We have seen a marked increase recently in the number of businesses seriously considering applying to become AEOs – Authorised Economic Operators. The impetus for this arises from Brexit and the need to manage supply chain risk by planning for a potential ‘hard Brexit’. In the early days following the referendum there was a focus on trying to establish what the increased cost of customs duty might be within the supply chain, both as a result of current preferential tariff rates potentially falling away, and an increase in the incidence of customs duties applying as a result of all UK/overseas transactions becoming imports or exports.
More recently however, focus has shifted to concerns about delays to supply chain deliveries as a result of border queues, caused by increased volume and also teething issues and potential systems issues in the UK and overseas. Businesses are therefore looking for ways in which they can ensure they are not at the back of the queue at the border. When AEO was first introduced back in 2008, speed of clearance and being in the ‘green lane’ was hailed as a major benefit. The reality was somewhat different however, with so few businesses applying for AEO that there was no queue. For the first time however Brexit brings this benefit to life.
Many businesses are grappling with the question of whether they should apply for the full authorisation which includes ‘Safety and Security’, or the more straightforward ‘customs’ AEO which is focused only on blue chip customs and systems processes. As there are 2 tiers to AEO authorisation, the question arises as to whether, in the event of a long queue of AEOs at the border post Brexit, which move to the front. The answer is surely those with full AEO, but for some businesses this could delay the process of getting ready to make an AEO application as it often presents the greatest degree of complexity and generates the most remediation work prior to an application being filed (although this might not be the case for all industries depending on how key security and other regulations are for their industry).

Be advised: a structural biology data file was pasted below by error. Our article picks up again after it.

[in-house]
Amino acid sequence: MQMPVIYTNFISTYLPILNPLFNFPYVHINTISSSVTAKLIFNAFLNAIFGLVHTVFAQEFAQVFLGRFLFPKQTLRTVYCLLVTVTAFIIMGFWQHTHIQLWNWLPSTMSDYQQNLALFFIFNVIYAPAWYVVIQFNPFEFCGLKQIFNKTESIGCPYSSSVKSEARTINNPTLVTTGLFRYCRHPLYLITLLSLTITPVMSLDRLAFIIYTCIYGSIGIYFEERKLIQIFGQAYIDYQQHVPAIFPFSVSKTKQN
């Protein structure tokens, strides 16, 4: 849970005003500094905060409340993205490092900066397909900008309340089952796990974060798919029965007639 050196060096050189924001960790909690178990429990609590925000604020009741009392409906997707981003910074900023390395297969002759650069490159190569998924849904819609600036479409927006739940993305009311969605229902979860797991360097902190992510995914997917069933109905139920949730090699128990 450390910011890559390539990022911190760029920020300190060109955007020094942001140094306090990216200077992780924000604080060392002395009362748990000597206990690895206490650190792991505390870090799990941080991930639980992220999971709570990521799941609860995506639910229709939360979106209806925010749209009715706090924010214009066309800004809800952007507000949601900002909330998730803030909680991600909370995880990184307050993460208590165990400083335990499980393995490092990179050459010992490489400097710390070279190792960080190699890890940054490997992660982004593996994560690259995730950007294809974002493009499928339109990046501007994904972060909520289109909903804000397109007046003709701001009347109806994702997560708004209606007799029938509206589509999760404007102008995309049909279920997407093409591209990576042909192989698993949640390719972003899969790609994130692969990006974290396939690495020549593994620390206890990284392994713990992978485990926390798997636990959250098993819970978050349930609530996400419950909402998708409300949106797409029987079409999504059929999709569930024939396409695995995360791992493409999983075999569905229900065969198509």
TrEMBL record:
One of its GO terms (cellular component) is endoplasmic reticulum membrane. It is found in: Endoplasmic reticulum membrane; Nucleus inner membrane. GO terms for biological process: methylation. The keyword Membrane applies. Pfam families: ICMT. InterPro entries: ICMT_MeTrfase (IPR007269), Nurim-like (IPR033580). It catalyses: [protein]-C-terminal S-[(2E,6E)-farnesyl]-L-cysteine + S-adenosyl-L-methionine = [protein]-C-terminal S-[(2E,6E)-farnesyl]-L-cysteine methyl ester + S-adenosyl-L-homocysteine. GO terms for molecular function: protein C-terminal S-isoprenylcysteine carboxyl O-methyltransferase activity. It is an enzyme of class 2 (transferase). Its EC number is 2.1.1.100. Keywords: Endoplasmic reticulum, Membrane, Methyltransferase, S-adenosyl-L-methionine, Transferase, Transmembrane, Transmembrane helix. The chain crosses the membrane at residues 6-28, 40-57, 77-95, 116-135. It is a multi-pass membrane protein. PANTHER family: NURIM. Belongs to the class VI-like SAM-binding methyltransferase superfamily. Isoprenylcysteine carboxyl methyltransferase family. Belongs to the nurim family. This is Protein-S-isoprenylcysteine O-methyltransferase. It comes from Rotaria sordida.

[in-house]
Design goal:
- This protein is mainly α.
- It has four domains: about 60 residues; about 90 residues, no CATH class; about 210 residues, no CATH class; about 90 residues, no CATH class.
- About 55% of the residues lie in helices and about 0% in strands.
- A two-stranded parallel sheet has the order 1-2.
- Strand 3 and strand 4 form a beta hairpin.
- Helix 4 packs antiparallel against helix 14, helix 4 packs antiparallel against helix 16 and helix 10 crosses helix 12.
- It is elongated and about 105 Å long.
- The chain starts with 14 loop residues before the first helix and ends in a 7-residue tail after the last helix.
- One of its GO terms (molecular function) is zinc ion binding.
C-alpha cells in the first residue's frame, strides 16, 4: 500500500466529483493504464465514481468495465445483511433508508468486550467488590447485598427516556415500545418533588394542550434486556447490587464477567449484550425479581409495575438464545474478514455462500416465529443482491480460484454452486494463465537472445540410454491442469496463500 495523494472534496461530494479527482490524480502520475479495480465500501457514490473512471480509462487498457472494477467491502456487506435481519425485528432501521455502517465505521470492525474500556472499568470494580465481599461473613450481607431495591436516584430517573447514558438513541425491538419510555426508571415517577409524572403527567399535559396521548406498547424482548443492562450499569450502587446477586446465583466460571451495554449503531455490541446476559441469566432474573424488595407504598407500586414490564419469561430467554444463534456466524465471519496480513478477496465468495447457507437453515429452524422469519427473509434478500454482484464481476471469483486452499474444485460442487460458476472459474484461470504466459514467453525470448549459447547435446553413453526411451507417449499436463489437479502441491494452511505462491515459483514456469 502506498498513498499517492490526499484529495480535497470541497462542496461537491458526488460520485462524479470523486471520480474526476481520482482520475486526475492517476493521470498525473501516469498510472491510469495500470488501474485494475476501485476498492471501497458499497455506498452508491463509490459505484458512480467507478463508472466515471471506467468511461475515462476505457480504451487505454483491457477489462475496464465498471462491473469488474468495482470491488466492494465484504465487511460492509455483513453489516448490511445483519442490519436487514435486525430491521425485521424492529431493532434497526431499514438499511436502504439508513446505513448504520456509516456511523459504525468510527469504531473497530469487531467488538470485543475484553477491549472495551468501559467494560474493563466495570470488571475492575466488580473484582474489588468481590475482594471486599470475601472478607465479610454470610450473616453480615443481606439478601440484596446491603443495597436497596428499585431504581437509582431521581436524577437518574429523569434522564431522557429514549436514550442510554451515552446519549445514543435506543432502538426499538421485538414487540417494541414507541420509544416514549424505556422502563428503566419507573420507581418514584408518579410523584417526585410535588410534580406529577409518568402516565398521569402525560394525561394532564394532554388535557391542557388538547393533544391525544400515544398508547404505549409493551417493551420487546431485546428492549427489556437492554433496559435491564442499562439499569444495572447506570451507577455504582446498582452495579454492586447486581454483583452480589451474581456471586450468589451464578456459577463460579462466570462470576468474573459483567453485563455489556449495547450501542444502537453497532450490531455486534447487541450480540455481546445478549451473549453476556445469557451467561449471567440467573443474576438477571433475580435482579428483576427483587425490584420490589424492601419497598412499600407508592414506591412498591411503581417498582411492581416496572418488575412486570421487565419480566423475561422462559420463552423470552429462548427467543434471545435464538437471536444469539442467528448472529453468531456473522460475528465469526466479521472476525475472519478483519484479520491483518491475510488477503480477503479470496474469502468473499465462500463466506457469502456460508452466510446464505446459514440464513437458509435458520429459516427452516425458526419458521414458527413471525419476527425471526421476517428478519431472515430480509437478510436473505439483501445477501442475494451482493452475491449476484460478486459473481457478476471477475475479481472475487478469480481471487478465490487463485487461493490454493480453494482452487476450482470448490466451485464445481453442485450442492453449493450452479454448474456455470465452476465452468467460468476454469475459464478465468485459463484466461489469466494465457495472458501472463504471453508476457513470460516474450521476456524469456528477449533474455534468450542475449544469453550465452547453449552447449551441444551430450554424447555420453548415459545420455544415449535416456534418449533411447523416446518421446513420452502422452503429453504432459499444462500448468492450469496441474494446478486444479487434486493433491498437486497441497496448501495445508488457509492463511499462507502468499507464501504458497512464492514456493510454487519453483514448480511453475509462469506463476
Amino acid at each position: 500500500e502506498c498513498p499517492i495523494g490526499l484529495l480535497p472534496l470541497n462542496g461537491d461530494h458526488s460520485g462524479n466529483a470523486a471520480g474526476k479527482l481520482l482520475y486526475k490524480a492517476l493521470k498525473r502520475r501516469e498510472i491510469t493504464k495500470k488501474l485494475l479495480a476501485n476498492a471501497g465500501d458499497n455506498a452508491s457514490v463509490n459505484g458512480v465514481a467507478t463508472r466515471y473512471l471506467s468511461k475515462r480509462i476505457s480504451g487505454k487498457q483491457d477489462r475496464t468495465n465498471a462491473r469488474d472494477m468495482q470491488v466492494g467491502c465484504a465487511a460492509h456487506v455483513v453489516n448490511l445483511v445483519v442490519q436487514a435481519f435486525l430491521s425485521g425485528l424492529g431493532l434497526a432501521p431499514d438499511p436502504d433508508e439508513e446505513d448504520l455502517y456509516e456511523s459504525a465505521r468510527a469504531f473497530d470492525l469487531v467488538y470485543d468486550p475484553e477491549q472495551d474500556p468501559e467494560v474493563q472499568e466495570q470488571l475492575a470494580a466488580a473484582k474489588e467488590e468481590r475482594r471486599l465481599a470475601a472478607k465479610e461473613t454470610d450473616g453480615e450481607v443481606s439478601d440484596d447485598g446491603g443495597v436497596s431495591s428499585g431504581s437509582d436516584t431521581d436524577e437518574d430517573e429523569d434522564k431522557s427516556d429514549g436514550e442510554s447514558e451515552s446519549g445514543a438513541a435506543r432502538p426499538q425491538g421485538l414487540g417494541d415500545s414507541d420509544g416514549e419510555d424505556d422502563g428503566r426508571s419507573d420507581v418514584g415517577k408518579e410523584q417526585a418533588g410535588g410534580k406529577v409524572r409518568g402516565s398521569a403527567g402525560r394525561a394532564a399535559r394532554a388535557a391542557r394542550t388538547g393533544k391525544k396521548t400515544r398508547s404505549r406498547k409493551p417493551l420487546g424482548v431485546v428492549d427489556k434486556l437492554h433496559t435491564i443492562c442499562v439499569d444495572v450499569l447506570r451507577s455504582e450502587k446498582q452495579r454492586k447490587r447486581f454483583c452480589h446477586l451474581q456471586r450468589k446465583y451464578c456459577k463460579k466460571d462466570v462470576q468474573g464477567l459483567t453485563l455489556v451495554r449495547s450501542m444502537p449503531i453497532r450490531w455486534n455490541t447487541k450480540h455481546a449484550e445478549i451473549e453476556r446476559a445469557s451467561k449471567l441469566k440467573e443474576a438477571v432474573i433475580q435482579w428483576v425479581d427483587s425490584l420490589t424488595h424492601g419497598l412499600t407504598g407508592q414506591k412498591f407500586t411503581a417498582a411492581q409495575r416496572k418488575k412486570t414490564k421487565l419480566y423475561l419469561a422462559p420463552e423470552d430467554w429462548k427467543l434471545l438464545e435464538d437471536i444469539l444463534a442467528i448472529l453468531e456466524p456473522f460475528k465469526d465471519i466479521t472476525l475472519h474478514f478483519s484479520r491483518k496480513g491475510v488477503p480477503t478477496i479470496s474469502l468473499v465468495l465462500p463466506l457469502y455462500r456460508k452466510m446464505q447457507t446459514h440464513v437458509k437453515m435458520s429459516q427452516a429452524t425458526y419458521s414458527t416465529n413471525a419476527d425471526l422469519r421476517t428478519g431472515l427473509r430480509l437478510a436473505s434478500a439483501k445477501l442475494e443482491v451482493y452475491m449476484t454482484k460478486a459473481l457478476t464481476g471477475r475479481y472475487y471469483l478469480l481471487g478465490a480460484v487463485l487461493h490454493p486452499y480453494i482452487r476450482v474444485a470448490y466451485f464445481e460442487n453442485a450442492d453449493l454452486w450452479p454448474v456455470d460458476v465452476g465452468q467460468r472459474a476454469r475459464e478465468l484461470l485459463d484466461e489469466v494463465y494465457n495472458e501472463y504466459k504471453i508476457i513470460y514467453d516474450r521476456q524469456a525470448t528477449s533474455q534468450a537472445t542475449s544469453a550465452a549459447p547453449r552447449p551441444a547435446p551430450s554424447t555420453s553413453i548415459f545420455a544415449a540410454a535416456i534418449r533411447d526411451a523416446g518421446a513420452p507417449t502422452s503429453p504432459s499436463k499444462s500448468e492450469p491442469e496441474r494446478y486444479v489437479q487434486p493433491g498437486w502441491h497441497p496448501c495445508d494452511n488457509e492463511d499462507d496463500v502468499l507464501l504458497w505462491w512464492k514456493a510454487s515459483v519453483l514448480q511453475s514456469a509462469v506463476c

In theory HMRC require 120 days to audit an AEO application but in our experience many businesses see this clock stopping once an application has been made so that further detail can be provided and remediation work can be carried out. In addition HMRC’s workload in this area will ramp up, leading to further delays.
We would recommend that any business relying on just in time deliveries gives serious consideration to applying for AEO to ensure there is no impact of not benefitting from an accreditation that is currently widely recognised globally under various suppy chain security Mutual Recognition treaties. Our approach to helping businesses determine how ready they are to make an AEO application involves spending 2 days on site with you working through key areas to capture the profile of the business and apply traffic light coding, showing areas requiring most work in red. Please contact Julie Park on 0781 400 4236 or email@example.com if you’d like more detail